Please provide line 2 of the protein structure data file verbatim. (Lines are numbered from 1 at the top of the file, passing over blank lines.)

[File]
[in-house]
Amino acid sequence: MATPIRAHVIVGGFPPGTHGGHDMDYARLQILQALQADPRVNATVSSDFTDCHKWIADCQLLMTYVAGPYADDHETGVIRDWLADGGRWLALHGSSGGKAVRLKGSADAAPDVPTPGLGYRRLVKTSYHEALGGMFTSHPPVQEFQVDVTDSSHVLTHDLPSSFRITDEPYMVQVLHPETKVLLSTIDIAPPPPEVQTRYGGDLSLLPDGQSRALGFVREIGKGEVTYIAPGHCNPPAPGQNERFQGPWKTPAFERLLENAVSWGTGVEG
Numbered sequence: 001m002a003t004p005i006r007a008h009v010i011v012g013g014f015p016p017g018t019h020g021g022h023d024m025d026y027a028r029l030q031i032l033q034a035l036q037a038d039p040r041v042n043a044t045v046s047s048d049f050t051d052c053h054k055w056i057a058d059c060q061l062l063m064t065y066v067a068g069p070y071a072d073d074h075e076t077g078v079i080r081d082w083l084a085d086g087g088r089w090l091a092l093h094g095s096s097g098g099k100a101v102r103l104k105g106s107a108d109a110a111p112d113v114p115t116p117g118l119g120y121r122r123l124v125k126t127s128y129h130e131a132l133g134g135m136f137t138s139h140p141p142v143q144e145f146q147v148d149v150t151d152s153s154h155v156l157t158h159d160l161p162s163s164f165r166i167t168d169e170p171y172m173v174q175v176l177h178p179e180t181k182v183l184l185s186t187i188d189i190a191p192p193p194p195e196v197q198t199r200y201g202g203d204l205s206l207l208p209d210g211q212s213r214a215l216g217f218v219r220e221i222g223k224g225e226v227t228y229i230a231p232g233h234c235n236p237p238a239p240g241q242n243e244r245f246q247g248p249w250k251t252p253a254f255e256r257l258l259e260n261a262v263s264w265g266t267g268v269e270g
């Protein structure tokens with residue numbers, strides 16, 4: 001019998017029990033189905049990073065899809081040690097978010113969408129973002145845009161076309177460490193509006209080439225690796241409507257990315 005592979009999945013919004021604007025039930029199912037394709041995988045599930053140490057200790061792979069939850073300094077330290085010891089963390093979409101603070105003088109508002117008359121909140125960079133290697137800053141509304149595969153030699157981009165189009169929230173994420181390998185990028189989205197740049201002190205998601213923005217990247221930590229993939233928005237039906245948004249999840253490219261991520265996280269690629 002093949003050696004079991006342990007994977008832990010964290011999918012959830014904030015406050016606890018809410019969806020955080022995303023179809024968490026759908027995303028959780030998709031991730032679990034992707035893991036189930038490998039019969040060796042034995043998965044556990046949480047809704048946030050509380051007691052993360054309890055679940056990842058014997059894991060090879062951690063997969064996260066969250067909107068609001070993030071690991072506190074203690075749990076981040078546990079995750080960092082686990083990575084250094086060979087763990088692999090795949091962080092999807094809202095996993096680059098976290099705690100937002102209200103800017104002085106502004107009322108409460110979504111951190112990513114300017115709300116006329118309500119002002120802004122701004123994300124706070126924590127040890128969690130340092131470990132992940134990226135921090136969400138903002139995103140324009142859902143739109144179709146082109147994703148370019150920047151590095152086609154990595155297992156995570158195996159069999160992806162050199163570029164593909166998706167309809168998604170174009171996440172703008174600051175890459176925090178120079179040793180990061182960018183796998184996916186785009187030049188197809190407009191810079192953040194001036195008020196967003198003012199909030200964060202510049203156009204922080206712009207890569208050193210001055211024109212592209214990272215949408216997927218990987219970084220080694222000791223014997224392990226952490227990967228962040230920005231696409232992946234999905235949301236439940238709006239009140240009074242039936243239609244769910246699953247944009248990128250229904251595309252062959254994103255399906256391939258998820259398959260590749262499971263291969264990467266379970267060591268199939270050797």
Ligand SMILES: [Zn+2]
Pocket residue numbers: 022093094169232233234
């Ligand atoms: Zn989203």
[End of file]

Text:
Amino acid sequence: MATPIRAHVIVGGFPPGTHGGHDMDYARLQILQALQADPRVNATVSSDFTDCHKWIADCQLLMTYVAGPYADDHETGVIRDWLADGGRWLALHGSSGGKAVRLKGSADAAPDVPTPGLGYRRLVKTSYHEALGGMFTSHPPVQEFQVDVTDSSHVLTHDLPSSFRITDEPYMVQVLHPETKVLLSTIDIAPPPPEVQTRYGGDLSLLPDGQSRALGFVREIGKGEVTYIAPGHCNPPAPGQNERFQGPWKTPAFERLLENAVSWGTGVEG